Trailers are stigmatized because the poor can afford them, and when the first generation of Tiny House dwellers start selling up in earnest, Tiny Houses will be stigmatized too. Read the rest
Back when Star Wars was "an adventure unlike anything on your planet.... A big sprawling space saga of rebellion and romance."
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Starring Bryan Cranston, Isle of Dogs is a new stop-motion animated movie from Wes Anderson, director of Fantastic Mr. Fox and The Grand Budapest Hotel. Looks very Wes Andersony! And check out this cast:
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Sand. The indefinite but distinctive quality of Star Trek dialogue. We can beam out of the wilds any time. Space is desaturated now, but still with a brightly diverse cast. 1990s Babylon 5 outfits. Xtreme Klingons. Vulcan on the bridge (Type: Jewish ☐, British ☐, 1950s transatlantic newsreel accent ☑). "Starfleet doesn't fire first." Alien Mason Verger senses death.
Looks fine! Read the rest
Harsh Reality is a short movie about how horrible VR is going to be; here's the trailer for the crowdfunding campaign.
ENERGEIA FILMS is proud to be a part of the launch campaign for NOIR Systems's latest entry in the field of VR-enhanced rehabilitation -- the NSYS-EX. As seen in the new short film, HARSH REALITY!
What happens when the technology designed to help us is turned against us? Please help fund HARSH REALITY so you can find out!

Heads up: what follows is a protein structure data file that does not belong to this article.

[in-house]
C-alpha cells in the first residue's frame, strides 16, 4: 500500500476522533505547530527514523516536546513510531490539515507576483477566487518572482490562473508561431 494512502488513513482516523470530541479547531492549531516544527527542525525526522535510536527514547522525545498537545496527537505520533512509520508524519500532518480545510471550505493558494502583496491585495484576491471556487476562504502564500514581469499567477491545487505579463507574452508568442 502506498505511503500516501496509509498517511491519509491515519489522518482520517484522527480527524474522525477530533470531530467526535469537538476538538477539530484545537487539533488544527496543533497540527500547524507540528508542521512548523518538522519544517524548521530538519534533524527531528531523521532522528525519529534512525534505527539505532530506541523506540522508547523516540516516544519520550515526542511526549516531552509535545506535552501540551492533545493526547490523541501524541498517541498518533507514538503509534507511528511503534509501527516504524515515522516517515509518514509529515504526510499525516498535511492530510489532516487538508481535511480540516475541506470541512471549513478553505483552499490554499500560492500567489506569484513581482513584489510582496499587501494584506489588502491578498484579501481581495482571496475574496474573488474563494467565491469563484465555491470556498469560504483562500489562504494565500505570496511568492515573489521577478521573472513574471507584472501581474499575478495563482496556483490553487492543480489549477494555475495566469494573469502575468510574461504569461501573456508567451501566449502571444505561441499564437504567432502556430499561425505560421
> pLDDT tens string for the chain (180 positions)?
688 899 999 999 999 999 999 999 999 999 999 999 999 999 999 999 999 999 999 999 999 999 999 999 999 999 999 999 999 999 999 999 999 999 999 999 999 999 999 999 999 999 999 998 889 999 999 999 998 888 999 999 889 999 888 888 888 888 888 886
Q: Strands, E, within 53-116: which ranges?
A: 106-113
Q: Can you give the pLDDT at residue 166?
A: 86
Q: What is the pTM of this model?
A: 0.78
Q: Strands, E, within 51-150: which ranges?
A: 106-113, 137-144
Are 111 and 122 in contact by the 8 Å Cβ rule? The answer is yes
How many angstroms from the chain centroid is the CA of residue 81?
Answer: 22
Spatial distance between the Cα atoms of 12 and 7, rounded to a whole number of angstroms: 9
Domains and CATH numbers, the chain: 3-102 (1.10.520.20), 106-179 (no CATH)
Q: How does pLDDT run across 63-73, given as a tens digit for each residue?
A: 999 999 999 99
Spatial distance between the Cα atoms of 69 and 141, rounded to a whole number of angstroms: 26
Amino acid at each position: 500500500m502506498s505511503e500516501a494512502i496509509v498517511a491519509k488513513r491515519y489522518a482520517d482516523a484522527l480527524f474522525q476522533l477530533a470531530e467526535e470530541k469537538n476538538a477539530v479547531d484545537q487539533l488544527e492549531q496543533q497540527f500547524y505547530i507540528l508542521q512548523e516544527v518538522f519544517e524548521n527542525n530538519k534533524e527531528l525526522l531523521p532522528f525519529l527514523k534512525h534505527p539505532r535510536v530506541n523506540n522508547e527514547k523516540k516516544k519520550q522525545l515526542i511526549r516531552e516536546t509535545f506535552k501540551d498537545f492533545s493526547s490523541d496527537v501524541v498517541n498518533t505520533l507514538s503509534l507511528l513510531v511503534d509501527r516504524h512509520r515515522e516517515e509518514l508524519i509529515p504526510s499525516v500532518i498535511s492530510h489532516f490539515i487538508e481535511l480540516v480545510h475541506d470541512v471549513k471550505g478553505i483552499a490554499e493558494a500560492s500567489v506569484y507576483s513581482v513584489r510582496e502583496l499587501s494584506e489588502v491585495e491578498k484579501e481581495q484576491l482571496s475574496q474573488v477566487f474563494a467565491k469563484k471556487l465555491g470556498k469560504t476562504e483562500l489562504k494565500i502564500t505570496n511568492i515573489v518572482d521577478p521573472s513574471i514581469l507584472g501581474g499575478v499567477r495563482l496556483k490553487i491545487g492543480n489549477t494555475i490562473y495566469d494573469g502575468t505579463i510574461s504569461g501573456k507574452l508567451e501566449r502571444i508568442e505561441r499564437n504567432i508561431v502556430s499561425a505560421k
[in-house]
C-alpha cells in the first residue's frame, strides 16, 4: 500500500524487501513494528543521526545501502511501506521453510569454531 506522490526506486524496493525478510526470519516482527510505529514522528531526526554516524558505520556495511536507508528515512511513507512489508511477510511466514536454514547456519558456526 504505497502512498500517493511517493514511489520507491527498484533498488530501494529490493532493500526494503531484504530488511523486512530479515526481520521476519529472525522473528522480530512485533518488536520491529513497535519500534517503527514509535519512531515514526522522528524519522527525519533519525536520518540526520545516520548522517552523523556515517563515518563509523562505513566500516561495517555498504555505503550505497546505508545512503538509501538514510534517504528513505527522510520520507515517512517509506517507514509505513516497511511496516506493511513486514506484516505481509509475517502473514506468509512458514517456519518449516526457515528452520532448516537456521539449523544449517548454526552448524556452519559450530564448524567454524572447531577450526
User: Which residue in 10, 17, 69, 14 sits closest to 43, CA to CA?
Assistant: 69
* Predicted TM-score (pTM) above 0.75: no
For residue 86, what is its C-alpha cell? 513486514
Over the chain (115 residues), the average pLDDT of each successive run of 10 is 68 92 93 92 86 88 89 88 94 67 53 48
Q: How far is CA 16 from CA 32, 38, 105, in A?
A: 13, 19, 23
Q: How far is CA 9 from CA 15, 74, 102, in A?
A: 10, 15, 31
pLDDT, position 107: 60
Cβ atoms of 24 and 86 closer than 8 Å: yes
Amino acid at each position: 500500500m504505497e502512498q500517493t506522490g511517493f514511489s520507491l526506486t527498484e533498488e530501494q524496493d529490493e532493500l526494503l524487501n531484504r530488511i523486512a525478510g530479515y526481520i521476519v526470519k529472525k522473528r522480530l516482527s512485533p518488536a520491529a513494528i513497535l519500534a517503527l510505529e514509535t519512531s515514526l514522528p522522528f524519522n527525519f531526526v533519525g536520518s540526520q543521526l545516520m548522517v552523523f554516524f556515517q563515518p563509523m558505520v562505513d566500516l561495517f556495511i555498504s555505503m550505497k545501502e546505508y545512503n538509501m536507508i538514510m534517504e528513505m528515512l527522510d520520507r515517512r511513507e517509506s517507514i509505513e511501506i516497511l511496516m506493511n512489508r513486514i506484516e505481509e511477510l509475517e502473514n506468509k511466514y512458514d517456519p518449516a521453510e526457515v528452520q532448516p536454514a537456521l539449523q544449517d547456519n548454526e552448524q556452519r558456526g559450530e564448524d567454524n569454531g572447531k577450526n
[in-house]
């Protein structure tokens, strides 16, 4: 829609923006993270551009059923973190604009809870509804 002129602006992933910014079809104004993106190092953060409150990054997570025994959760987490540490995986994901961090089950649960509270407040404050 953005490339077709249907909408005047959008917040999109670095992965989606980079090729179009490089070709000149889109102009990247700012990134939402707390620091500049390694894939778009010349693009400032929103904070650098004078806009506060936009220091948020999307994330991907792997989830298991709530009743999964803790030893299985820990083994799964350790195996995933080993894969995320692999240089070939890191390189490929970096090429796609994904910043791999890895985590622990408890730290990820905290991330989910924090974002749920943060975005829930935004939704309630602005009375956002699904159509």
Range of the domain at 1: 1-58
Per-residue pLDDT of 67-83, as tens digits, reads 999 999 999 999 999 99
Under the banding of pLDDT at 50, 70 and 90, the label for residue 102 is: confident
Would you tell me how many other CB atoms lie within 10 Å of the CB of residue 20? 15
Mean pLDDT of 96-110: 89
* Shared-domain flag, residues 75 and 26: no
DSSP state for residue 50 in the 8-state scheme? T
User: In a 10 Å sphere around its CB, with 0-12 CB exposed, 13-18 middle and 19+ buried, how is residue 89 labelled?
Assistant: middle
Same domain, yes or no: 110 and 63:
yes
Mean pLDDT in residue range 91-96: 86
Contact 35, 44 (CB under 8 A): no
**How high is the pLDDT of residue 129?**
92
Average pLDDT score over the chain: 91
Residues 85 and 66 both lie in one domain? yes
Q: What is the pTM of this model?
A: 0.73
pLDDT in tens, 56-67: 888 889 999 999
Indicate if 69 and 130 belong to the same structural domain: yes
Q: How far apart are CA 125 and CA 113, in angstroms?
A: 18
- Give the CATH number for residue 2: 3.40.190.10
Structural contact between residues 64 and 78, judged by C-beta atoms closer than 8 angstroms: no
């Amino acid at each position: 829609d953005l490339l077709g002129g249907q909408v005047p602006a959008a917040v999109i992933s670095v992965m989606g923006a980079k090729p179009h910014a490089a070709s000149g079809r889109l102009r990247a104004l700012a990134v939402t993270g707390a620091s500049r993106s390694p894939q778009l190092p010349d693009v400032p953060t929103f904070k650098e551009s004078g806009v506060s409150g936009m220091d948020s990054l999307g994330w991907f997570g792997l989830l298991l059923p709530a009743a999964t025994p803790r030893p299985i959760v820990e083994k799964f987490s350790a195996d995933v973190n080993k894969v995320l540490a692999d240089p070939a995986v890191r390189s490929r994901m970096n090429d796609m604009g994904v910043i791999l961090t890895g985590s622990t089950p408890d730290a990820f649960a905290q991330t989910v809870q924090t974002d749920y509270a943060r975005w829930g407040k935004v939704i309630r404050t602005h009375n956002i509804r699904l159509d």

VR dystopias are usually posed as an assault on our senses, on our privacy, our sense of self. But honoring the utopian viewpoint--VR as a manifestation of everything we want to see and become, an unfettered self--always held more power for me, especially as prelude to dystopia. The 1988(!) Red Dwarf episode Better Than Life, wherein fully-immersive VR is revealed as a way to completely idealize one's everyday personal flaws, remains my favorite! Read the rest
Pennywise and his real-world imitators may be thanked for putting an early end to the Pokemon Go fad last year, but the real fruit of It's labor is the forthcoming
TV film version of Steven King's classic horror book. Here's the trailer.
There's a high bar to meet, but it's worth remembering that the original miniseries was pretty dull when Tim Curry wasn't on-screen. Read the rest
"Mean Bean" isn't coming to theaters this summer, but it might be coming to your nightmares tonight. John Loberger's recut of Rowan Atkinson's "great TV, ghastly movie" classic becomes genuinely terrifying when you're invited to take his antics seriously.
Previously: 50 Shades of Bean. Read the rest
Charlie Brooker's back, and so are six of his stories: "The Twilight Zone for the digital age," as The New Yorker put it. (Previously) Read the rest
This perfectly-edited mashup of 50 Shades of Gray and Mr. Bean has it all: lust, submission, and ill-fitting tweed. Read the rest
Airstream is making only 100 of these Pendelton Limited Edition trailers. They have a U.S. National Park Foundation motif, and Airstream will donate $1,000 to the National Park Foundation for each Pendleton trailer sold. The base price is $114,600. It comes with a stainless steel oven, a 3-burner cooktop, a refrigerator, 2 30-lb. propane tanks, deep-cycle-batteries, 2 Samsung HDTVs, a Blu-Ray player, and a high definition marine-grade Polk audio system. If you want the accessory kit that includes woolen blankets, a dining set, throw pillows, hand towels, you can order it separately.
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If Jurassic World was released in 1978, this would have been the trailer. (ChiefBrodyRules)
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This works. Created by Ezequiel López. Read the rest